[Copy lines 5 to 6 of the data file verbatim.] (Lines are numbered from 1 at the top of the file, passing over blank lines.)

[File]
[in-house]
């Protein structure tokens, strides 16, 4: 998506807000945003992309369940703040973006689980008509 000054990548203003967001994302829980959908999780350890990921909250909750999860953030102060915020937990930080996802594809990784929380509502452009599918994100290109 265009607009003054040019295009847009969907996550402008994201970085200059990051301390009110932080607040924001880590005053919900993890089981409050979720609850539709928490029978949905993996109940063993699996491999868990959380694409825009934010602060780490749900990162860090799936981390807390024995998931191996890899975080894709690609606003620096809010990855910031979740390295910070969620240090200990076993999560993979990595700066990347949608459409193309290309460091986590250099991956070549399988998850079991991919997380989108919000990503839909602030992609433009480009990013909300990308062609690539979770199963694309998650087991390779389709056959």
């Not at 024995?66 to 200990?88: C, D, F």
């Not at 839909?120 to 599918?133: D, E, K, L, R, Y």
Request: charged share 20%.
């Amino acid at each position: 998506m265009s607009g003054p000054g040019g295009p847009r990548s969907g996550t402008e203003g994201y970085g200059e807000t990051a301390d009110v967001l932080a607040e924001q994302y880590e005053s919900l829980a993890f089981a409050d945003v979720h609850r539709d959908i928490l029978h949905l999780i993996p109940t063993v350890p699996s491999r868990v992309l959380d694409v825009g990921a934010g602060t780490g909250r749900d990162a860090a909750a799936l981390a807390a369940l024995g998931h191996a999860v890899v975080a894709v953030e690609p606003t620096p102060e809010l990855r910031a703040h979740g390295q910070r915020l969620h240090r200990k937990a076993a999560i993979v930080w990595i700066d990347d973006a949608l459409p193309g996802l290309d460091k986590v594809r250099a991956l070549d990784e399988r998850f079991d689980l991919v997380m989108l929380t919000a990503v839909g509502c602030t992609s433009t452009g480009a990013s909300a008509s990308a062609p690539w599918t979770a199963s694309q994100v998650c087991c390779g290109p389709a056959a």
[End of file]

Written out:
Request: charged share 20%.
């Amino acid at each position: 998506m265009s607009g003054p000054g040019g295009p847009r990548s969907g996550t402008e203003g994201y970085g200059e807000t990051a301390d009110v967001l932080a607040e924001q994302y880590e005053s919900l829980a993890f089981a409050d945003v979720h609850r539709d959908i928490l029978h949905l999780i993996p109940t063993v350890p699996s491999r868990v992309l959380d694409v825009g990921a934010g602060t780490g909250r749900d990162a860090a909750a799936l981390a807390a369940l024995g998931h191996a999860v890899v975080a894709v953030e690609p606003t620096p102060e809010l990855r910031a703040h979740g390295q910070r915020l969620h240090r200990k937990a076993a999560i993979v930080w990595i700066d990347d973006a949608l459409p193309g996802l290309d460091k986590v594809r250099a991956l070549d990784e399988r998850f079991d689980l991919v997380m989108l929380t919000a990503v839909g509502c602030t992609s433009t452009g480009a990013s909300a008509s990308a062609p690539w599918t979770a199963s694309q994100v998650c087991c390779g290109p389709a056959a």